Intelligent Design Without Tears: a New Video Makes the Controversial Theory More Accessible than Ever

By David Klinghoffer Published on October 10, 2015

Intelligent design, habitually demonized in the media as “science denial” or “creationism,” may be the most misunderstood scientific idea ever. The phrase itself is certainly well known. Stephen King, ultra-bestselling novelist, has spoken out to endorse intelligent design (or ID) by name (see here and here). Another mega-popular writer, Dean Koontz, wrote a recent novel with ID as a theme.

Still another fantastically popular author, Tom Wolfe, told the The New Yorker that persecution of ID scientists is comparable to the Spanish Inquisition.

Yet Darwinists have done such an energetic job of confusing the public that the scientific alternative to orthodox evolutionary theory remains foggy at best even for many thoughtful people, including some who are instinctively sympathetic to it.

That’s why my colleagues at Discovery Institute, the major hub for ID research, have unveiled an easily accessible 21-minute overview of one of ID’s major arguments, which focuses on the information sequences of DNA. It’s in the form of a beautifully produced video, The Information Enigma.

Information in the form of software underlies much of our ordinary daily experiences. Too much, some would say who worry about the amount of time we spend glued to our screens. We take this state of affairs for granted, but if asked, no one would say that our computerized life is just some product of nature, as authorless as the winds or the tides. Standing behind the software are legions of software writers and computer architects.

Intelligent design takes seriously the fact that information underlies our biological existence, too. A computer program is coded instructions. DNA is much the same, as no less than Microsoft’s Bill Gates has acknowledged. “Human DNA is like a computer program,” he wrote in his futurist book The Road Ahead, “but far, far more advanced than any software we’ve ever created.”

The Information Enigma poses the question of where that coding came from. I’m proud to have drafted the script, but the stars are philosopher of science Stephen Meyer and molecular biologist Douglas Axe. John West is responsible for the overall production, which is awesome and gives chills.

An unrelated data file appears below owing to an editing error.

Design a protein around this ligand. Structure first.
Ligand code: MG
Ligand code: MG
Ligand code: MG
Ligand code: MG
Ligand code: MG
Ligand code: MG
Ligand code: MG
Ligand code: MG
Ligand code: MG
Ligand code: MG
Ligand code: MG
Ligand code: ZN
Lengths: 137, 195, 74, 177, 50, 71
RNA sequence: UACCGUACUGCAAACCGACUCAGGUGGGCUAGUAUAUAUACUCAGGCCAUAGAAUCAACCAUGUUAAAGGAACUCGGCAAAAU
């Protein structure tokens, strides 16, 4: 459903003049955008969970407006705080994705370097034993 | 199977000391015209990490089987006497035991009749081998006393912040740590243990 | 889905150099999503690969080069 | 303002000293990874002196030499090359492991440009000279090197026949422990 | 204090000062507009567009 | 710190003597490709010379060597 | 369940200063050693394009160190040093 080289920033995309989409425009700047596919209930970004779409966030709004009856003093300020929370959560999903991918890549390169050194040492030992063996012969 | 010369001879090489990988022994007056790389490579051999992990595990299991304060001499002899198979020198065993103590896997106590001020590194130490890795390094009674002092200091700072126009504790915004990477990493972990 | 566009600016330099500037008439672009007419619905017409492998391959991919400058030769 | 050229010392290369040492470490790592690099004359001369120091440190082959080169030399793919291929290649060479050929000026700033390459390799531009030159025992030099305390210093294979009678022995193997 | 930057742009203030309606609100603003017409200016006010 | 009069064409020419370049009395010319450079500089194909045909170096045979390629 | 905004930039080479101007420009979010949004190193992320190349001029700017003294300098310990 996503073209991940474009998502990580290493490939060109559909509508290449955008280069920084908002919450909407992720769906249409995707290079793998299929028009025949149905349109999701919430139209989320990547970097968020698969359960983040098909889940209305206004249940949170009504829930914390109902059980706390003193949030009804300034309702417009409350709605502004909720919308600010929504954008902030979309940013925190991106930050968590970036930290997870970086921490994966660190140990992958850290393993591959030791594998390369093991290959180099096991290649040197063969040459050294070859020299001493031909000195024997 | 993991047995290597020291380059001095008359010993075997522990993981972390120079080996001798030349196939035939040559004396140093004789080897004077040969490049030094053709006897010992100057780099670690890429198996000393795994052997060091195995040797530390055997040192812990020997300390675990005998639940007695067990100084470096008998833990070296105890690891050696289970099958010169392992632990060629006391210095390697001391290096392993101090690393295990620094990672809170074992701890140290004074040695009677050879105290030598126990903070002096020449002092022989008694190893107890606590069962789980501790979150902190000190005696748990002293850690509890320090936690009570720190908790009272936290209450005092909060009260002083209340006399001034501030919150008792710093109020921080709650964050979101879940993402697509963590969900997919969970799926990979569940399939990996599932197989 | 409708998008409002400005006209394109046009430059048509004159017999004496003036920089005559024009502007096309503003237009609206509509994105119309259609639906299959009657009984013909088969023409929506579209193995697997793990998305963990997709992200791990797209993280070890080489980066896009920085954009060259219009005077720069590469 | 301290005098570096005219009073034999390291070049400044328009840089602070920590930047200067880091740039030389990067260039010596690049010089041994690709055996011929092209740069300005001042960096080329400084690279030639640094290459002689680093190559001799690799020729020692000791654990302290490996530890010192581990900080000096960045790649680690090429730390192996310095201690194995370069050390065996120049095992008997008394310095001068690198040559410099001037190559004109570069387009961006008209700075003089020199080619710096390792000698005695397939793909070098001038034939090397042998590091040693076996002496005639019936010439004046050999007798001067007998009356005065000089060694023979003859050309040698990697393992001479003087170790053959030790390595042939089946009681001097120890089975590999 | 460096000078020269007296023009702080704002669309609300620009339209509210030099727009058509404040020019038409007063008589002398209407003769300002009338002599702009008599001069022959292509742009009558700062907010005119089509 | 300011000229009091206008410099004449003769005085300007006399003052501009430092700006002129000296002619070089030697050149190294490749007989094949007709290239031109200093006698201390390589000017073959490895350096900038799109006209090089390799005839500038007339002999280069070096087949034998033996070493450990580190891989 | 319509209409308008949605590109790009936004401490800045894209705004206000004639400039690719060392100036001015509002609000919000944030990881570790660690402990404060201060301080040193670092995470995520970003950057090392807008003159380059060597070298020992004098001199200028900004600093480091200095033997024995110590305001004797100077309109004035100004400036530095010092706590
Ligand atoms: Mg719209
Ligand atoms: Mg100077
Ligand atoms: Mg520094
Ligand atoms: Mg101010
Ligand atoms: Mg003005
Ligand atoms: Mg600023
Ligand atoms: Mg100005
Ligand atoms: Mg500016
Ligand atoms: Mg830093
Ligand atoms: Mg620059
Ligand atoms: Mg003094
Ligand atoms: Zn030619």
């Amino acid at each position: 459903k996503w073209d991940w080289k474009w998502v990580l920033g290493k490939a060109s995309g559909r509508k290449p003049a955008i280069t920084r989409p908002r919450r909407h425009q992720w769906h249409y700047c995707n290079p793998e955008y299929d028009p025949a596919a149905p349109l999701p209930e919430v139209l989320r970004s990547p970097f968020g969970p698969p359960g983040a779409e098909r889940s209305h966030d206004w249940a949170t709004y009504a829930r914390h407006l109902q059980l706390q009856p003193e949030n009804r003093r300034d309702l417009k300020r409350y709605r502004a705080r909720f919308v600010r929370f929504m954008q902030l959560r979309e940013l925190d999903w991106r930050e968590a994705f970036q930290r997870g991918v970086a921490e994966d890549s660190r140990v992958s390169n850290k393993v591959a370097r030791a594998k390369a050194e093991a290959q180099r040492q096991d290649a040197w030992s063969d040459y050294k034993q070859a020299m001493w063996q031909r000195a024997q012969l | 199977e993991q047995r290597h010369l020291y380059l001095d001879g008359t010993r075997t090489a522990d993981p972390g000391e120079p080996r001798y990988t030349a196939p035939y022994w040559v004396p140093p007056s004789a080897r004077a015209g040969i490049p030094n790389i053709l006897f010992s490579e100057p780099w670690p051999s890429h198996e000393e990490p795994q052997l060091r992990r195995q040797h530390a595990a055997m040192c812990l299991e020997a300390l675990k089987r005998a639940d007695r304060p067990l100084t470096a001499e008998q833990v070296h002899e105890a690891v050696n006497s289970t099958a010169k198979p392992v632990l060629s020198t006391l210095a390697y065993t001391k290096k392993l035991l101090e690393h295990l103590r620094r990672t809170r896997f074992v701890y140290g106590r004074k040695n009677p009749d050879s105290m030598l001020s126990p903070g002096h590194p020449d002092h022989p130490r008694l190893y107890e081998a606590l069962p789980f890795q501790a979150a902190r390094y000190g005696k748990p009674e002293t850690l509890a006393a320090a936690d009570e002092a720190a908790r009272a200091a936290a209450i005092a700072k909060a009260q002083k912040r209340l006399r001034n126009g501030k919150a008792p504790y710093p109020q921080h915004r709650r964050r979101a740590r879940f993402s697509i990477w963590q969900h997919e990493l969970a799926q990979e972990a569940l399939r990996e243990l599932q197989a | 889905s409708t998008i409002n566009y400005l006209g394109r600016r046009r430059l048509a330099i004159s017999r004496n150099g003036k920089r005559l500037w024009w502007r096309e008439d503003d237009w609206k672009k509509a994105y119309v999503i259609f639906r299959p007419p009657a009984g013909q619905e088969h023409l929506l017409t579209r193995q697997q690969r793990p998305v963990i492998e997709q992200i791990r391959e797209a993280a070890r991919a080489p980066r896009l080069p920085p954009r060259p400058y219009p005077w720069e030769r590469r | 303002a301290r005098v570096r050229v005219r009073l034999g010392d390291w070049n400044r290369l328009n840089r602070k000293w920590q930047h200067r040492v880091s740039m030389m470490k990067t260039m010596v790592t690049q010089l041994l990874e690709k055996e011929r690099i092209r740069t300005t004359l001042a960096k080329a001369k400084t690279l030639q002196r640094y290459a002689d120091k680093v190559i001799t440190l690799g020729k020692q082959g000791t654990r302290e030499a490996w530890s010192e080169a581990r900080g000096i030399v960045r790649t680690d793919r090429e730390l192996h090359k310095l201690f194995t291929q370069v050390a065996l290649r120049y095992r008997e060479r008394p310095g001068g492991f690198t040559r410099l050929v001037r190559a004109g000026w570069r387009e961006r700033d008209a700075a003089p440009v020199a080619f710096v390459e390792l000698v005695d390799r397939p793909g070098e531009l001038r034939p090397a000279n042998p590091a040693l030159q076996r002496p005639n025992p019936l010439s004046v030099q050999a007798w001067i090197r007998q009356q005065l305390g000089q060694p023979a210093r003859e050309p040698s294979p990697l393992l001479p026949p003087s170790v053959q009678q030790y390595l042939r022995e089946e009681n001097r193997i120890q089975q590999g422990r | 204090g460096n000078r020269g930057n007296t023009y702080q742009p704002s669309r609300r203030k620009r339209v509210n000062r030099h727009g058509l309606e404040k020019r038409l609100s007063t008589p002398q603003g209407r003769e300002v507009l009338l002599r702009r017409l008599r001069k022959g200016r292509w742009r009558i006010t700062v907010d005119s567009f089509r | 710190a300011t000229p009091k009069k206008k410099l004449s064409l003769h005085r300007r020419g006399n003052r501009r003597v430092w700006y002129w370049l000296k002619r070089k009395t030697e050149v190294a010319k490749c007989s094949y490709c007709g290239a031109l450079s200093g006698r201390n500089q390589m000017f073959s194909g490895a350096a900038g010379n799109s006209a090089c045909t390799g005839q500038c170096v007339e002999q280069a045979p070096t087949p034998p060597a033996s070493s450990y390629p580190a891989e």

ID stands out from other scientific ideas in a couple of ways. First, unlike other theories, it asks an ultimate question: Does life bear witness to being the product of intelligence, wisdom, purpose? Is your life, my life, therefore potentially also the object of care, even love on the part of a designer standing outside nature?

Second, while other theories are far more difficult to grasp — general relativity, for example — no one sets out to invert Einstein’s meaning, turning his account of curved spacetime into a sinister parody to scare away independent-minded scientists and thoughtful laypeople.

Even in the absence of disinformation campaigns by Darwin defenders, the technical details behind the argument can be intimidating. Darwinian theory is a far easier idea to hold in the mind. I believe that The Information Enigma comes as close to simplifying this ID argument down to its essentials, while remaining true to the science, as anyone has done before. Now the information argument for ID is on YouTube, instantly available to anyone in the media, in education, in science, or anybody at all with an open mind and a few minutes to spare.

In a nutshell: As Dr. Meyer points out in the video, perhaps the greatest discovery of the second half of the last century is that DNA conveys the information to build proteins — constituents of the molecular machines that make up the cells that make up our bodies — in the form of an alphabetic code.

The coding sequence is demandingly precise. Dr. Axe quantifies the challenge. “Unlocking” a single, simple protein means finding the correct sequence out of 10 to the 77th power possible incorrect sequences. That’s 10 with 77 zeroes after it, dwarfing the number of individual animals that have ever lived on our planet (10 with 40 zeroes), each representing a potential trial of the supposed creative power of Darwinian natural selection.

That figure, 1040, is just a tiny fraction — one ten trillion, trillion, trillionth — of the earlier figure, 1077, the space to be searched to produce a lone functional protein. Sufficient time is just not available for Darwinian evolution to do the job. Not even close. Even in the 3.5 billion years of life’s history, the power to open such a lock is not given over to a random, unguided process but, as with all coded language that we are aware of, to intelligence.

Intelligent design’s simplest and most powerful insight is to show that coded information, whether in a book, an article like the one you’re reading, or a DNA molecule, invariably derives from a purposeful arrangement of characters. Purpose, intention — there is no other plausible explanation available at present — means design.

In the beginning, there was information. How that purpose was instantiated, made material, in life is a separate question. But there can be no progress in contemplating the second mystery without having acknowledged the first — the enigma of biological information. The ultimate question posed by ID is one that everyone owes it to himself to confront. We’ve now made that a lot easier and I invite you to help others by sharing The Information Enigma.


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